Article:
In the Gospel lesson this morning we have an incredible sign. John tells us about Jesus' first miracle. This miracle has something important to tell us. First, it tells us who Jesus is. Second it gives us information about God's grace. Third, it shows us what God has in store for us.
In the story, Jesus and his followers, including his mother, are attending a wedding. The wine for the wedding is running out. The steward is concerned. The steward is like the caterer at today's wedding. He would make sure there was plenty of food and refreshments on the tables as provided by the wedding party. If the food or drink got low it was the wedding party's responsibility to procure more or basically end the party. Somehow, Mary found out about the predicament. She wants Jesus to fix the problem. Evidently, Jesus' identity is no secret to her. Jesus' response clues us in on Jesus' identity. He is not rude to his mother in his response. He is factual. Jesus is looking ahead to what he is to do. His hour has not come. The word hour in John's Gospel always points to fulfillment of the end times. Jesus is the One who has come to fulfill the Word of God, to usher in the kingdom of God. At the right time, the right hour, Jesus will bring in the fulfillment of the Kingdom of God. In just a few short verses we find out Jesus' identity as the Son of God. We haven't even seen the miracle yet.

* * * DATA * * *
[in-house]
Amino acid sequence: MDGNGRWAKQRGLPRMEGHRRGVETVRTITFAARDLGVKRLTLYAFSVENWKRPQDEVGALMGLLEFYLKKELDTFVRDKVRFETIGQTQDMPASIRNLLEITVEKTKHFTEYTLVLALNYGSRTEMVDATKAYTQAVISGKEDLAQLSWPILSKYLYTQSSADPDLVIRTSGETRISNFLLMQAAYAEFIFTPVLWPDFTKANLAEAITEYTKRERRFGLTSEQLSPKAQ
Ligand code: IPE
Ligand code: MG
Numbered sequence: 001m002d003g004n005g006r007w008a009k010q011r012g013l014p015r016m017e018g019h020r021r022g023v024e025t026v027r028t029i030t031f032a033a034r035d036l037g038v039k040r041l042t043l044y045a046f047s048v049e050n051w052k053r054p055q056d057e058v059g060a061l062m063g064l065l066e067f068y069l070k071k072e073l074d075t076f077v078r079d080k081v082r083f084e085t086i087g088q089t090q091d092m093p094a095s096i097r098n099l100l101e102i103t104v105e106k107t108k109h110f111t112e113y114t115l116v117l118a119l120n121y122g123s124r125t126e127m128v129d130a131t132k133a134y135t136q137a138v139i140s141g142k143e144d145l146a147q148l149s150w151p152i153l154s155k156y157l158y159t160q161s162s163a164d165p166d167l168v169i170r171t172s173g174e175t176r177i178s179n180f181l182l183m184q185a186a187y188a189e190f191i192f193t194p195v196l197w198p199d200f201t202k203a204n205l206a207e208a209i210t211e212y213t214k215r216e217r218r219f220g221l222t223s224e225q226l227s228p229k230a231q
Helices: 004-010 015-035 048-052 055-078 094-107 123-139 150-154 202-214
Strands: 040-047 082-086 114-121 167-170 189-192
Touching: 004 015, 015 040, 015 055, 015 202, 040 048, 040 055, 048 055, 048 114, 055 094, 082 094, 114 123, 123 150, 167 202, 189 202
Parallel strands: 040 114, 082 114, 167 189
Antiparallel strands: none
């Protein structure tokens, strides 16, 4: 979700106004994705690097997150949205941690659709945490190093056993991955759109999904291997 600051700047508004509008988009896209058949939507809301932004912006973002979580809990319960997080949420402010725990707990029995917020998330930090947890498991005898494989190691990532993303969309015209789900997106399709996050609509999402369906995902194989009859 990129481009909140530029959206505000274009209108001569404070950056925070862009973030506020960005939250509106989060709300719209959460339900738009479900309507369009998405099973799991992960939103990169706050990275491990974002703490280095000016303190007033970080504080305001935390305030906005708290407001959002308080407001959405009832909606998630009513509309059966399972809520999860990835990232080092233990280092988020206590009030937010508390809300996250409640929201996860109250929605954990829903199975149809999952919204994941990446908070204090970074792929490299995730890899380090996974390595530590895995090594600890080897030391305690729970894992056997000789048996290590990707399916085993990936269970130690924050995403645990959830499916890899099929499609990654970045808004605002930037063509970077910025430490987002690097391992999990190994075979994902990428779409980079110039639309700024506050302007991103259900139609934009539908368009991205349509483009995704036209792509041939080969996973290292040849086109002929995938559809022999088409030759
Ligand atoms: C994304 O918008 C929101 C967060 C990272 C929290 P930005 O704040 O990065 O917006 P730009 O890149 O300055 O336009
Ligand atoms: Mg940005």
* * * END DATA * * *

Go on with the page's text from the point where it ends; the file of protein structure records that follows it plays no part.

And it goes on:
While Jesus' response to Mary initially sounds negative, he does what she says. This may be a lesson to us all about our parents. The servants fill six stone jars with water. These are large jars and we are talking about a lot of water. After they fill the jars the servants draw out the contents and instead of water it is wine. The wine is excellent. The steward is surprised by the quality of the wine. He knows nothing about Jesus' intervention. He believes the groom has pulled a fast one. At a wedding the best wine was always served first. Then after everyone had plenty, the wine of lesser quality was served. The quality of the wine now presented to the steward is better than the wine he served at first.